July 3rd marked the 5th meeting of the bimonthly virtual study group ATLHIROO, held in an eponymous VRChat world designed by yours truly to resemble the ATL Hiroo office.
*This post was written by UUUPA, a visiting researcher at ATL. Anyone can register as an ATL visiting researcher for unlimited access to the newest VR technology, free of charge. If you happen to be located within commuting distance of Hiroo in Tokyo, I highly recommend stopping by to sign up for the visiting researcher program.

5th Study Group: Presentation Topic

Seeing as how my investigations into VRChat to date had primarily centered around world creation, I’d long been itching to finally try my hand at avatars. I recently began developing avatars using an open source 3D modeling suite called Blender, and the 5th study group seemed an ideal forum to share what I’ve learned about the software.

Objectives of the ATL Hiroo Virtual Study Group

In a previous post, I discussed my impressions on holding a study group in a virtual space. After the successful completion of each meeting, I feel I grow a bit more accustomed to the unique virtual format. As the ATL Hiroo virtual study groups are currently a one-man operation (with me at the logistical helm as well as the lectern), I try to ensure that the sessions reflect my own personal preferences, as outlined below.

1. Interruptions are welcome!

In real world study groups, audience members are usually unable to interact with the speaker outside of designated Q&A slots. However, participants in VRChat virtual study groups can provide simultaneous feedback in response to the presentation. This is one of my favorite features as a presenter, and I think this new style of study group is very beneficial for all participants.
In VRChat, avatars default to a standing pose, which I think helps facilitate discussion: it’s much easier to talk when it looks like everyone is simply standing around for a friendly chat, as opposed to a formal presentation.

2. Advance access

Study group sessions are announced on my Twitter account on the day of the event. Let’s be honest, people tend to forget about events if they’re notified days in advance, and besides, I want attendance to have a fun, casual feel. (External link: actual announcement Tweet).

All slides featured in the study group presentation can be accessed in advance via a link in each respective announcement Tweet. This sneak-peek allows people to readily gauge interest in the subject matter. If they’re interested, they can join the study group. If not, they know to sit the meeting out. Moreover, the slides function as an advance indicator of the presenter’s skill level. This preview helps manage expectations, ultimately leading to a higher degree of participant satisfaction. As the study group’s participants are self-selected, their comments are especially fruitful, leading to a deeper, synergistic discussion of the subject matter.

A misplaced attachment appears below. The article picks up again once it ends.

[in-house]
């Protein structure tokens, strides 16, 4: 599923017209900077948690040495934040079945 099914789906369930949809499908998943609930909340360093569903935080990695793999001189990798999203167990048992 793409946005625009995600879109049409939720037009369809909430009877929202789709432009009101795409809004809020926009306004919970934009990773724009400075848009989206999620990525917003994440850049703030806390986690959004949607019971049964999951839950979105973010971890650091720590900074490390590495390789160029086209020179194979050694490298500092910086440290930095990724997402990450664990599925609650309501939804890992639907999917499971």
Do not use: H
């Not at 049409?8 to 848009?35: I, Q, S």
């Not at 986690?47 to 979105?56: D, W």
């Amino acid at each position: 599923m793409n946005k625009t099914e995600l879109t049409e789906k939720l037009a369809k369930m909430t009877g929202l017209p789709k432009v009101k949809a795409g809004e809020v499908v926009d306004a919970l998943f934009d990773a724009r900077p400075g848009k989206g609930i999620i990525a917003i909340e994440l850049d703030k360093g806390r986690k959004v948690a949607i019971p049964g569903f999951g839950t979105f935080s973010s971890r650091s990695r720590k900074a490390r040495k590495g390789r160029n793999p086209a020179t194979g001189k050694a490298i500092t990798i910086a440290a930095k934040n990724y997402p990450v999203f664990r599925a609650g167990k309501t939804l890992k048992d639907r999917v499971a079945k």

Knock on wood, but we’ve still seen a lively turnout despite making the entire presentation available in advance. Conversely, these sanctioned spoiler alerts have given me all the more motivation to polish my presentation skills and offer an engaging performance.

3. Easy come, easy go

I think virtual study groups are intrinsically more relaxed than their real-world equivalents. After all, participants merely need to don an HMD (*VRChat only requires a PC) to join the action from the comfort of their own home.
Participants are free to leave the room mid-presentation. There’s no need to sheepishly clamber over your neighbor — exits are silent in the VR world. Granted, some civic-minded participants do offer a parting message before logging off, but it’s not necessary. (I promise it won’t hurt my feelings if you don’t.)
Knowing that everyone has logged-in at home in their precious free time actually contributes to the feeling of community. I can’t help but smile, imagining the participants suddenly vanishing from screen to chase after their kids or get ready for bed in the real world.

4. Open mic policy

Although this is one tenet that hasn’t yet come to fruition, anyone can volunteer to become the keynote speaker, presenting/manipulating their own slides on the screen in ATLHIROO world.
I’ll be the first to admit that there’s plenty I don’t know. Going forward, I hope that others will use the platform to give more specialized presentations across a variety of genres. If you’re interested in giving a presentation, please feel free to reach out to me on Twitter @UUUPACOM.
*It would be great if speakers could receive some compensation for their time. Hint-hint… are you listening, RECRUIT!?

5. All are welcome (even newcomers)

Thus far, each study group has focused on a different theme*, running the gamut from 3D modeling to texturing, lighting, and character development. Naturally, each seminar has in turn attracted a distinct group of participants. This is a good sign. I hope to further cultivate this culture of inclusivity, where even newcomers can feel comfortable joining in the middle of a session. As the project’s organizer, I try to avoid using genre-specific buzzwords, and don’t encourage in-group favoritism amongst the regulars who always show up at each session.
But fortunately, there’s really no need for much top-down intervention. The advance sharing of slides and inclusive policies enumerated above have, on their own, served to attract a group of like-minded individuals, automatically contributing to a palpable sense of community. I truly look forward to speaking with new members at each session.

*That said, as the study groups are hosted on VRChat, I’ve tried to select topics that are at least tangentially related to VRChat development.

Going forward, I hope to continue hosting sessions at a pace of around two per month. Event announcements and signup information can be found on my blog.
About the ATL Hiroo Virtual Study Group – Extracurriculars with UUUPA (external link)